For 140 patients, survey data before (T0) as well as after the completion (T1) of radiotherapy were available and were compared to evaluate whether having undergone radiotherapy influenced the attitude of patients. A small but statistically significant decrease of 4.7 points in the median transformed score for readiness to use an app within the context of radiotherapy (AOI 3) was detected at T1 (mean 68.6 vs 65.5, P<.001, Wilcoxon signed-rank test). The question within AOI 3 leading to this difference addressed the favored frequency of answering symptom-related questions posed by the app (Q14). At T1, patients selected “at therapy start and completion” and “only as required” more frequently instead of “weekly” and “every other day.” The helpfulness of app-based support in the context of toxicity was judged slightly lower at T1 (mean 4.04 before radiotherapy vs 3.88 after radiotherapy, P=.03). Regarding the median score for Q12, addressing the helpfulness of being contacted by a physician in case of medical warning signs, the mean/median score was 4.29/4 at T0 and 4.11/4 at T1 (P=.03). This question translated into a small but significant difference of 4.4 points in the transformed score for AOI 4 (mean 79.4 before radiotherapy vs 75.0 after radiotherapy, P=.04, Wilcoxon signed-rank test). For the other AOIs (AOI 1, 2 and 5, 6), as well as for individual questions, no significant difference was observed between the time points T0 and T1. A comparison of AOI scores between the time points T0 and T1 is illustrated in. Detailed information regarding the quantitative comparison between answers provided at T0 and T1 for different survey items is provided in .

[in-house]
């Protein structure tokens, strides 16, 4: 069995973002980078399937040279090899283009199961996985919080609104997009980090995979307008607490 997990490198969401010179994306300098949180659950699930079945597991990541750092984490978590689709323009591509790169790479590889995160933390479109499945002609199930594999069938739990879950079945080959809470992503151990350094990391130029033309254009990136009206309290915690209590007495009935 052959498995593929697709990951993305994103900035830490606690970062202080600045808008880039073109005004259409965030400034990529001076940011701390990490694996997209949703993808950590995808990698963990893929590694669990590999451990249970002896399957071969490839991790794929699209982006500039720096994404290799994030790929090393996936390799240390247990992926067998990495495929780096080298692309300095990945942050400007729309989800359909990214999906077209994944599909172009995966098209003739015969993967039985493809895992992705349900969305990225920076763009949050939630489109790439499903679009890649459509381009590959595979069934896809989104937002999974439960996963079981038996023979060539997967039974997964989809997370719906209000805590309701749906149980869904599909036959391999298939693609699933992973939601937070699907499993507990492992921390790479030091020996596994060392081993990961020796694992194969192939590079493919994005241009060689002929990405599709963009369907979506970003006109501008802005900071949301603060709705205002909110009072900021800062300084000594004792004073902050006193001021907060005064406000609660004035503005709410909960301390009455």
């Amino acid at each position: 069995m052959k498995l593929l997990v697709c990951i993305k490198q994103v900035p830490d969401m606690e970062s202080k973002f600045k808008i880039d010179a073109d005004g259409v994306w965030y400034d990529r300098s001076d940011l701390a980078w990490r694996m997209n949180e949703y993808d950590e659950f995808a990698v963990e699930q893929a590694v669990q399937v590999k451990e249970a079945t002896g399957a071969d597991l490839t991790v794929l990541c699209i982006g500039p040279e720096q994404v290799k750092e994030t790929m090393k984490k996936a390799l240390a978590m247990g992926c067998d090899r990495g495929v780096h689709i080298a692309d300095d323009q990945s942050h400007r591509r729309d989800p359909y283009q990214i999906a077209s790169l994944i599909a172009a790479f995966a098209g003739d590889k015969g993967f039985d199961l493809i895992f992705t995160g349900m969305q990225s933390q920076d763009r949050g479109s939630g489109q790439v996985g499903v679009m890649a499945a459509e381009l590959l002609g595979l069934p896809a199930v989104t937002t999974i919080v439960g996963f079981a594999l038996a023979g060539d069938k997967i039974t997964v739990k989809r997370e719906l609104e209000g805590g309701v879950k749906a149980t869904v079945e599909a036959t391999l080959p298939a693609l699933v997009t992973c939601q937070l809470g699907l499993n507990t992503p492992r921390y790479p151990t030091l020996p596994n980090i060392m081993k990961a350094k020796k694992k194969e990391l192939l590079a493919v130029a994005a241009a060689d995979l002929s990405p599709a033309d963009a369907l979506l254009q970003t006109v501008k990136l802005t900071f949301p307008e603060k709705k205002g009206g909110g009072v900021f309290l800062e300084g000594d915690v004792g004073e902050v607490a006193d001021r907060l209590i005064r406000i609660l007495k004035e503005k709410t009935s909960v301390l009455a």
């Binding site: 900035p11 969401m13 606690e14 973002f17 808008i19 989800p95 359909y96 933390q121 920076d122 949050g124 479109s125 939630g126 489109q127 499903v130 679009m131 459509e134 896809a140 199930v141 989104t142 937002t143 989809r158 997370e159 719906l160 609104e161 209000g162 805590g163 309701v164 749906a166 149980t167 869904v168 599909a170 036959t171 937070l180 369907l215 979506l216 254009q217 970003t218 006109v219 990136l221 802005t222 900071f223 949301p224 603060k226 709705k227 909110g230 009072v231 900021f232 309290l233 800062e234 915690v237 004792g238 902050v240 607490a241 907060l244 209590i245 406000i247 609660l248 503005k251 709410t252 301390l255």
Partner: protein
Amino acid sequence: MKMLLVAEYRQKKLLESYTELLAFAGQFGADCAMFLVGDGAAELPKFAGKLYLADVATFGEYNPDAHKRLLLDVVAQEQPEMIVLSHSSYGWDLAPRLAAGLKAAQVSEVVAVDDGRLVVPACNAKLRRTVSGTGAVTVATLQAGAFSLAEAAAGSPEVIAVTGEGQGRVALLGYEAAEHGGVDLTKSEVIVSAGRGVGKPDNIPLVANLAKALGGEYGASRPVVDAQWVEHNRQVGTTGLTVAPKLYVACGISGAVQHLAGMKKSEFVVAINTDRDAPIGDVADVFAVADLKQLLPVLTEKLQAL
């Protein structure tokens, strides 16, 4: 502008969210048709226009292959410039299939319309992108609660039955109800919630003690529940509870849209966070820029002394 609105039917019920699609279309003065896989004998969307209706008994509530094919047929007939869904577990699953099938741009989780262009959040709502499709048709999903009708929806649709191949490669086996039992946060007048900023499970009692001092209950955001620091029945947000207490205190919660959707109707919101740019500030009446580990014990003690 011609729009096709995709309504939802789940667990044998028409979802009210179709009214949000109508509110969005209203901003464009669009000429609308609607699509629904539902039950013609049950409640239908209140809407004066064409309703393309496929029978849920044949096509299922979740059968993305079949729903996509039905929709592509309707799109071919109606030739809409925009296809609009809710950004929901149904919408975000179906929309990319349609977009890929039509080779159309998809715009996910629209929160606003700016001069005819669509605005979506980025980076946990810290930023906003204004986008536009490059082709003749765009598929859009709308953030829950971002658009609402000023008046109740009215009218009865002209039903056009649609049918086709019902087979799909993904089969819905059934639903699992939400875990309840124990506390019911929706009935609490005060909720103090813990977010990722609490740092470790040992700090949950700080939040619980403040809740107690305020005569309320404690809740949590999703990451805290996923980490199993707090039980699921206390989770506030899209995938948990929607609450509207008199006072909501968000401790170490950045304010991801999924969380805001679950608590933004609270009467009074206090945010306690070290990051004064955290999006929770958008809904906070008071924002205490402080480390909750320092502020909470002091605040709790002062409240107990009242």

|AOI 1||Habits of smartphone use||Q3 + Q7 + Q8||52.2 (27.22)||50||40||80||0||100|
|AOI 2||Technical knowledge and abilities||Q4 + Q6||66.2 (21.39)||71.4||42.9||85.7||0||100|
|AOI 3||Readiness to use an app||Q9 + Q14 + Q20 + Q21 + Q22+ Q27||68.6 (14.44)||71.4||61.9||76.2||19||95.2|
|AOI 4||Possible features of a mobile app||Q11 + Q12||79.4 (17.01)||75||75||87.5||0||100|
|AOI 5||Timeframe of reachability||Q23 + Q24 + Q25||58.8 (18.58)||58.3||41.7||66.7||16.7||100|
|AOI 6||General attitude||Q15 + Q16 + Q17||37.5 (13.47)||33.3||25||50||0||75|
|Area of interest (AOI)||P value|
aLower score after the completion of radiotherapy.
bSignificant P values.
|AOI||Tumor stage||Age 55 years||Gender||KPI||Treatment setting||Previous radiotherapy|
aSignificant P values.
bHigher score for age <55 years.
cHigher score for curative treatment setting.
dHigher score for advanced tumor stage.
eHigher score for KPI <80%.
fHigher score for palliative treatment setting.
gHigher score for gender (male).
hHigher score for age ≥55 years.
To determine possible factors that influenced patients’ attitude toward the usage of a mobile app, we tested several patient characteristics for their impact on survey results. The tested factors were age (<55 years vs ≥55 years), tumor stage (early [defined as tumor stage ≤T2, N0, M0/X] vs advanced), gender, previous radiotherapies, treatment setting (curative vs palliative), and initial KPI (<80% vs ≥80%). Age appeared to have the most sizable impact on the answers provided in the questionnaire, leading to significant differences in usage habits and technical skills as well as reachability. In all cases, younger patients were found to be more inclined toward and versed in more intensive smartphone use (AOI 2, P<.001). Interestingly, the favored frequency of seeing a physician during therapy was higher in patients younger than 55 years (P=.009). An overview of the survey items significantly impacted by the analyzed patient characteristics is displayed in.
Interpretation of Survey Results
We conducted a prospective and systematic survey regarding the habits and skills in smartphone usage, readiness to use a supportive mobile app during and after radiotherapy, and opinions on suggested functionality for such an app among cancer patients undergoing radiotherapy. Our results showed high overall acceptance levels for the usage of mobile technology in the context of radiotherapy, and the proposed functionality and features were considered as helpful by a large majority of patients.